Forum Top Banner Ad

Collapse

Ebay Classic organs

Collapse

Announcement

Collapse
No announcement yet.

George Woods - dropped pedal

Collapse
This topic is closed.
X
X
 
  • Filter
  • Time
  • Show
Clear All
new posts

  • George Woods - dropped pedal

    Until my new-to-me George Woods arrives, I wondered if there's a step by step guide to getting a dropped pedal working again. That appears to be the only obvious problem, other than two keys which produce no sound.

    I looked through the James Tyler Restoration Guide (link below) but found no reference to pedals. Maybe it's an obvious, easy-peasy job?

    http://www.reedsoc.org/Repair/introduction.htm

    By the way, on James Tyler's webpage, he shows a Repair CD, with text *and pictures*. I emailed him at the email address listed, but the email address was rejected. Is there another way to contact him?

    Thanks.
    Tom M.
    Eastford CT

  • #2
    Originally posted by nutmegct View Post
    Until my new-to-me George Woods arrives, I wondered if there's a step by step guide to getting a dropped pedal working again. That appears to be the only obvious problem, other than two keys which produce no sound.
    Tom,

    The dropped pedal could be as simple as a strap that's broken. Alternately, it could be a broken spring in the bellows mechanism. Therefore, it could be quite simple or quite complex.

    The keys not producing sound could be as simple as removing the reed with a reed-puller (may come with the organ--others have used a crochet hook), and loosen a piece of lint, dirt, or dust that's keeping the reed from vibrating freely. A good puff of air should do the trick.

    I will send you a PM with other information. Hope this helps.

    Michael
    Way too many organs to list, but I do have 5 Allens:
    • MOS-2 Model 505-B / ADC-4300-DK / ADC-5400 / ADC-6000 (Symphony) / ADC-8000DKC
    • Lowrey Heritage (DSO-1)
    • 11 Pump Organs, 1 Pipe Organ & 7 Pianos

    Comment


    • #3
      And get yourself a bulb syringe for the air puff. It's tempting to use your mouth or a can of air duster but both of those solutions cause rust. Walgreens sells bulb syringes, and some hobby stores have them.

      Comment


      • #4
        Originally posted by KC9UDX View Post
        And get yourself a bulb syringe for the air puff. It's tempting to use your mouth or a can of air duster but both of those solutions cause rust. Walgreens sells bulb syringes, and some hobby stores have them.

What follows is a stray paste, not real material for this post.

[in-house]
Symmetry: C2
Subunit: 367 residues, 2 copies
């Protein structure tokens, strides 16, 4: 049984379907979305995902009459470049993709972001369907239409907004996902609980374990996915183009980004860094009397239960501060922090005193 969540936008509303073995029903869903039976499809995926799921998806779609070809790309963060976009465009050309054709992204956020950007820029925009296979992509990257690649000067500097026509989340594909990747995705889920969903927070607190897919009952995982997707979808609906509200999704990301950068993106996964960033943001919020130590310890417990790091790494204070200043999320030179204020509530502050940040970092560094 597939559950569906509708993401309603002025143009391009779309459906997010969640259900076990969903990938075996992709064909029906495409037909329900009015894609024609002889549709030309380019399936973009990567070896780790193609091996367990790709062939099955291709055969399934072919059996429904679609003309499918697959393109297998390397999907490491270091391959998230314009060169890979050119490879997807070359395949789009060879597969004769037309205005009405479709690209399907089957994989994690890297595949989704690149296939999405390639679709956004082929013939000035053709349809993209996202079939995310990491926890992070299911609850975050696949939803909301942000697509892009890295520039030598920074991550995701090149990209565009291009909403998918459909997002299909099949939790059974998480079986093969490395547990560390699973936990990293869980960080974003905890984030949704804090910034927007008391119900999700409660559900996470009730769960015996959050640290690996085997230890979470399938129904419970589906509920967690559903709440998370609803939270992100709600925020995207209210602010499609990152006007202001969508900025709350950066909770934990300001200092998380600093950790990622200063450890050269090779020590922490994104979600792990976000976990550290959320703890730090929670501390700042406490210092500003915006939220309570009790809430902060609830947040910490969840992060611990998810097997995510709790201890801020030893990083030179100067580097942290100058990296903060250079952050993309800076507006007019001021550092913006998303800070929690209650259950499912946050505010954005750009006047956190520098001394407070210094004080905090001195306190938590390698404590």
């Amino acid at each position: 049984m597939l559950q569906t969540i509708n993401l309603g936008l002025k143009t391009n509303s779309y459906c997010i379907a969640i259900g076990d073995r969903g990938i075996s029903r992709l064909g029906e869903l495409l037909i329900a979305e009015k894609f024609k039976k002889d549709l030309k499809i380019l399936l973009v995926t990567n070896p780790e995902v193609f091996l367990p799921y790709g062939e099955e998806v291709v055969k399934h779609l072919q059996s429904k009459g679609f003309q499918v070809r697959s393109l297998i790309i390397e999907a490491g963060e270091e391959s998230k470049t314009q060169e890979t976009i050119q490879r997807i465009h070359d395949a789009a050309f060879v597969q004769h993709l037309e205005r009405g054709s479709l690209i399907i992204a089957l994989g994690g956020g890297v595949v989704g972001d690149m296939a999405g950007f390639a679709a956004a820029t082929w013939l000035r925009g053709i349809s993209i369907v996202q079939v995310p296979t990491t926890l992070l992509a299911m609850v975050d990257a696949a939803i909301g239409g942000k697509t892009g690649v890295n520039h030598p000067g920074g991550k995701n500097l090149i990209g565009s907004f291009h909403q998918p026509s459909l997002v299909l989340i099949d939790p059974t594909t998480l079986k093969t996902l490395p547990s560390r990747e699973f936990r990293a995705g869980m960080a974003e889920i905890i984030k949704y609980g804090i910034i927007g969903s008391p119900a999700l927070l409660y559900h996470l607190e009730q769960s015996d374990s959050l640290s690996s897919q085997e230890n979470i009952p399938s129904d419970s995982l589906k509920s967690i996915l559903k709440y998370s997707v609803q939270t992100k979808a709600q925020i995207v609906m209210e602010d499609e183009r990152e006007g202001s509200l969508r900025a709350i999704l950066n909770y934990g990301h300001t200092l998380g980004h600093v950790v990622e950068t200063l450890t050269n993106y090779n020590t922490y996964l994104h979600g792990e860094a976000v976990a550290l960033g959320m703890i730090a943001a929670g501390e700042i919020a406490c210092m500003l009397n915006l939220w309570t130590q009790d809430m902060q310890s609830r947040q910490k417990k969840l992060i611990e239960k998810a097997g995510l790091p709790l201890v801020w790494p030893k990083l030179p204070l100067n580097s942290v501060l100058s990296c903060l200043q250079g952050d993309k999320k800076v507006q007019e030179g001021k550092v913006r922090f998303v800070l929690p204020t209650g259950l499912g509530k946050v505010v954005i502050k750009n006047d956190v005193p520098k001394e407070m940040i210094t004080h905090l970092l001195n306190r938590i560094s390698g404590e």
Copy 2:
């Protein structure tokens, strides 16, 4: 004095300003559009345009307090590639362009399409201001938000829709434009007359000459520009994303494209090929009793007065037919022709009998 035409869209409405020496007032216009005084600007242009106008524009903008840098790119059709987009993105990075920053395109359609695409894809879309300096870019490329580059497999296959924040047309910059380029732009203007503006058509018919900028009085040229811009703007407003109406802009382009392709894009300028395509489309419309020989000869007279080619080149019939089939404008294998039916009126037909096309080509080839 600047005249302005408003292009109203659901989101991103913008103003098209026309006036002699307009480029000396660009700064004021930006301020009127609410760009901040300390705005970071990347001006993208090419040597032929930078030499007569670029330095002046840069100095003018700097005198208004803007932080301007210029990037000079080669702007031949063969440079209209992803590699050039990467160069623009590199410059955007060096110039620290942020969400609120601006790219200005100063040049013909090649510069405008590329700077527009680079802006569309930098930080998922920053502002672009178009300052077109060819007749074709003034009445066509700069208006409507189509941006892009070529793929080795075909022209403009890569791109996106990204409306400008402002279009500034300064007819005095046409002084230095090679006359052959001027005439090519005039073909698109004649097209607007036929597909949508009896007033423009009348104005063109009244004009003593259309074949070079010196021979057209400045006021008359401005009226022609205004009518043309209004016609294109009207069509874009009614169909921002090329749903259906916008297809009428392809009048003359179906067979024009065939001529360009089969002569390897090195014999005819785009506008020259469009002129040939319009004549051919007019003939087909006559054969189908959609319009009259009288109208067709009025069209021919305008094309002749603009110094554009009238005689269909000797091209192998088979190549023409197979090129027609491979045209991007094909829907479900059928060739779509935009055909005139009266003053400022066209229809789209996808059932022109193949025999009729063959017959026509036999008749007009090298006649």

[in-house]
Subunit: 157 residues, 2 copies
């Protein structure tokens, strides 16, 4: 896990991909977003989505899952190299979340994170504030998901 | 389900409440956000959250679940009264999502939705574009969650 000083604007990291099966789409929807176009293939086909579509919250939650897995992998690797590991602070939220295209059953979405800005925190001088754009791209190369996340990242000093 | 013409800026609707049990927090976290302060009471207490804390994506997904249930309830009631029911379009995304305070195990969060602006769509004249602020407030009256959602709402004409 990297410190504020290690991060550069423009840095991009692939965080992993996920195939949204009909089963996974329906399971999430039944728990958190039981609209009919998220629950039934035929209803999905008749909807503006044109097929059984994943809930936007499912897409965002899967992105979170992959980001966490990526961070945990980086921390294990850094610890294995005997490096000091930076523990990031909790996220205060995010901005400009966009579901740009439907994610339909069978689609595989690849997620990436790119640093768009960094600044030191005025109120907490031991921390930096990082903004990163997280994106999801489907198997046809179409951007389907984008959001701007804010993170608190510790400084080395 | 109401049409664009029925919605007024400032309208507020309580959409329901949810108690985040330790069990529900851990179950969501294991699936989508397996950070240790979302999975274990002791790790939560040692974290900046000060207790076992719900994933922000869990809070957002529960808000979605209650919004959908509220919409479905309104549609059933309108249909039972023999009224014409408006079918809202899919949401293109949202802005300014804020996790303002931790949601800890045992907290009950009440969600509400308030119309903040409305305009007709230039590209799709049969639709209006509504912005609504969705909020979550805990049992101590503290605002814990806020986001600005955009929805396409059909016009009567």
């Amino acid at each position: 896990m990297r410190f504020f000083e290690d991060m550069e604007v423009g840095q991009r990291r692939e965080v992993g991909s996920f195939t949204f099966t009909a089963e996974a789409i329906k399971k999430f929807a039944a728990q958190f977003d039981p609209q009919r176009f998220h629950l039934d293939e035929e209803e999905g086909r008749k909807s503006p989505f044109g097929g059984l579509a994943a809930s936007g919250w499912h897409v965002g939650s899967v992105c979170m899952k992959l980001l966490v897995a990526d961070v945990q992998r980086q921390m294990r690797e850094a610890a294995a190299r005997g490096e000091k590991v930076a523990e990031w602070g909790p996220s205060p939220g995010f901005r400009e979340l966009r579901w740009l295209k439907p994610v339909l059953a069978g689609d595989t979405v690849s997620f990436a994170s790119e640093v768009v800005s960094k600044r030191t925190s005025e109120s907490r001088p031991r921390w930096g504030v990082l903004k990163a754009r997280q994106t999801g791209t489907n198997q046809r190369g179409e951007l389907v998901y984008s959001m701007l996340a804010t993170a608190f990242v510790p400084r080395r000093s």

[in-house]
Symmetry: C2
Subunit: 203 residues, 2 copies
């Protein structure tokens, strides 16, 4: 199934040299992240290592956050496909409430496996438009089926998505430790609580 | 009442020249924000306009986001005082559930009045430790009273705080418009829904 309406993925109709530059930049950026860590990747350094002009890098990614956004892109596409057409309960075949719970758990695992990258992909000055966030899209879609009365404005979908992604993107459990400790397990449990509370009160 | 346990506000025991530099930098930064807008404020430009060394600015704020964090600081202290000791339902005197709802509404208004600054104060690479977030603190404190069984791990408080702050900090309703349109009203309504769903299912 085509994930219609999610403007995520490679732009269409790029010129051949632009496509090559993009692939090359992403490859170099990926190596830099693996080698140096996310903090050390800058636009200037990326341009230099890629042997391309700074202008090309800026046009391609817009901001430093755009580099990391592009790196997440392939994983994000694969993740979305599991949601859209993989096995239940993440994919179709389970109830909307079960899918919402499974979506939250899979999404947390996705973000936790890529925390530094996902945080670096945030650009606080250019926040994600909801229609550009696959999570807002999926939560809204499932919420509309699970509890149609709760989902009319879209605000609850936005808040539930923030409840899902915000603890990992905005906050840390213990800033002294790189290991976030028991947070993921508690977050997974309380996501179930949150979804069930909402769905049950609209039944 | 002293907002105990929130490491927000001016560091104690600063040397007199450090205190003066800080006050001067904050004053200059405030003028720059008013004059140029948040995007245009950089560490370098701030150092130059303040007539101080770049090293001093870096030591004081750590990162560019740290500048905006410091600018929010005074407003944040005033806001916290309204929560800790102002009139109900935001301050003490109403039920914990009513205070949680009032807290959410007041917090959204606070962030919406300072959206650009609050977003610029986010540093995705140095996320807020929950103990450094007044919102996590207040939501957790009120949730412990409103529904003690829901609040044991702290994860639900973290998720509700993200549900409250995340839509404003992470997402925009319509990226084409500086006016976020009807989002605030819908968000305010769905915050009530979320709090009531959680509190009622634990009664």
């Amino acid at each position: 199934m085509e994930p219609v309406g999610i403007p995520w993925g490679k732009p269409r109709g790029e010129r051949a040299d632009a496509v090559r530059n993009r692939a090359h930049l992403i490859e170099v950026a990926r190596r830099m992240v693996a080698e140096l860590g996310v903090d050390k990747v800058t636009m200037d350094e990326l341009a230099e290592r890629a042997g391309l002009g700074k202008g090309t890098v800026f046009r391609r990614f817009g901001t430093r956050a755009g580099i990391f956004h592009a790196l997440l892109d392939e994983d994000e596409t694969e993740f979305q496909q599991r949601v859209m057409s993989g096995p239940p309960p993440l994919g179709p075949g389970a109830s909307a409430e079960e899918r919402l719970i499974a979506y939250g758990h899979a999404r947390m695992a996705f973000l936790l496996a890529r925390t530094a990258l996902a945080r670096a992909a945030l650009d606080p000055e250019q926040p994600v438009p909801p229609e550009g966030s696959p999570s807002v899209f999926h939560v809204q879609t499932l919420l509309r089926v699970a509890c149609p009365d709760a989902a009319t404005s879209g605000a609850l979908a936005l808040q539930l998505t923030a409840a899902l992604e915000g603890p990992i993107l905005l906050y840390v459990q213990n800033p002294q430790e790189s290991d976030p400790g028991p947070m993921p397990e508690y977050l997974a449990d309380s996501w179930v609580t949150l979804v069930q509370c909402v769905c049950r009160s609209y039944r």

I'm new to the reed organ world. What's an "air puff"? What's it used for?

        Thanks.
        Tom M.
        PS - Kettle Moraine. Wisconsin?

        Comment


        • #5
          Originally posted by nutmegct View Post
          I'm new to the reed organ world. What's an "air puff"? What's it used for?
          He's referring to a bulb syringe, often used to clean out babies' noses, etc. Tom is also correct that human breath contains contaminants which could eventually rust the reed. If you have to use your mouth, be sure to clean the reed off well afterward.

          Michael
          Way too many organs to list, but I do have 5 Allens:
          • MOS-2 Model 505-B / ADC-4300-DK / ADC-5400 / ADC-6000 (Symphony) / ADC-8000DKC
          • Lowrey Heritage (DSO-1)
          • 11 Pump Organs, 1 Pipe Organ & 7 Pianos

          Comment


          • #6
            Originally posted by nutmegct View Post
            I'm new to the reed organ world. What's an "air puff"? What's it used for?

            Thanks.
            Tom M.
            PS - Kettle Moraine. Wisconsin?
            Any time you need air to blow dust off or blow contaminates out of steel reeds. It's intuitive to just take a deep breath and blow with your mouth. But breath is full of invisible water vapour which condenses on the reed. It takes time to happen. Unless you clean the reed with oil and thoroughly dry it afterward, that is. But that's tedious and can be avoided completely by using clean dry air. The reeds are normally exposed to the indoor air wherever it is, so that air is safe. The easiest way to do this is with bulb syringes (because they're very common) or other similar air puffers which frankly I don't know the name of off the top of my head. Horologist suppliers sell them, some model railroad shops have them.

            Yes, the Kettle Moraine is pretty much the Southeast corner of Wisconsin, away from the Lake. People who haven't been here assume that the terrain is flat like Illinois or Iowa, but it's anything but. Not mountainous, but hilly, very hilly.

            Comment


            • #7
              Originally posted by KC9UDX View Post
              Yes, the Kettle Moraine is pretty much the Southeast corner of Wisconsin, away from the Lake. People who haven't been here assume that the terrain is flat like Illinois or Iowa, but it's anything but. Not mountainous, but hilly, very hilly.